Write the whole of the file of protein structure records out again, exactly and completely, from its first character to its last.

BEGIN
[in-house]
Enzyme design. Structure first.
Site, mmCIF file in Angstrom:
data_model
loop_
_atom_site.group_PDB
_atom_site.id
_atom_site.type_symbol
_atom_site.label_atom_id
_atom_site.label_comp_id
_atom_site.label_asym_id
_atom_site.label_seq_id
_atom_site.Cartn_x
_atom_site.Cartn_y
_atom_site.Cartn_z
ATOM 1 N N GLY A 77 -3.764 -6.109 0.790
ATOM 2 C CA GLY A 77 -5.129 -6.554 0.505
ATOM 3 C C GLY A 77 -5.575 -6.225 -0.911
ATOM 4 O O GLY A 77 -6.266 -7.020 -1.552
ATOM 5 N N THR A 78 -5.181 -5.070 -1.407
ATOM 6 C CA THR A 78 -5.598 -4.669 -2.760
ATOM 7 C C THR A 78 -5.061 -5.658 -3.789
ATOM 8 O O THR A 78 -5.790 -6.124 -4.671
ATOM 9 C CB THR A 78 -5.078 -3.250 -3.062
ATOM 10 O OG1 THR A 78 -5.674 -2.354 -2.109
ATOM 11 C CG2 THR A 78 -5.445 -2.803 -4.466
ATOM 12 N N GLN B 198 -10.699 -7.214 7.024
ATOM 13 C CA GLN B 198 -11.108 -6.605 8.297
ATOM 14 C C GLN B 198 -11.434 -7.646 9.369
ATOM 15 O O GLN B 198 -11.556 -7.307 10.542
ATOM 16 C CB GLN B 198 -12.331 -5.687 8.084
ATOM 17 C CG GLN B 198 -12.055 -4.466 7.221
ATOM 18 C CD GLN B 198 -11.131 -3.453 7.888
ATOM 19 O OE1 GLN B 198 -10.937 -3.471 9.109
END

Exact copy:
[in-house]
Enzyme design. Structure first.
Site, mmCIF file in Angstrom:
data_model
loop_
_atom_site.group_PDB
_atom_site.id
_atom_site.type_symbol
_atom_site.label_atom_id
_atom_site.label_comp_id
_atom_site.label_asym_id
_atom_site.label_seq_id
_atom_site.Cartn_x
_atom_site.Cartn_y
_atom_site.Cartn_z
ATOM 1 N N GLY A 77 -3.764 -6.109 0.790
ATOM 2 C CA GLY A 77 -5.129 -6.554 0.505
ATOM 3 C C GLY A 77 -5.575 -6.225 -0.911
ATOM 4 O O GLY A 77 -6.266 -7.020 -1.552
ATOM 5 N N THR A 78 -5.181 -5.070 -1.407
ATOM 6 C CA THR A 78 -5.598 -4.669 -2.760
ATOM 7 C C THR A 78 -5.061 -5.658 -3.789
ATOM 8 O O THR A 78 -5.790 -6.124 -4.671
ATOM 9 C CB THR A 78 -5.078 -3.250 -3.062
ATOM 10 O OG1 THR A 78 -5.674 -2.354 -2.109
ATOM 11 C CG2 THR A 78 -5.445 -2.803 -4.466
ATOM 12 N N GLN B 198 -10.699 -7.214 7.024
ATOM 13 C CA GLN B 198 -11.108 -6.605 8.297
ATOM 14 C C GLN B 198 -11.434 -7.646 9.369
ATOM 15 O O GLN B 198 -11.556 -7.307 10.542
ATOM 16 C CB GLN B 198 -12.331 -5.687 8.084
ATOM 17 C CG GLN B 198 -12.055 -4.466 7.221
ATOM 18 C CD GLN B 198 -11.131 -3.453 7.888
ATOM 19 O OE1 GLN B 198 -10.937 -3.471 9.109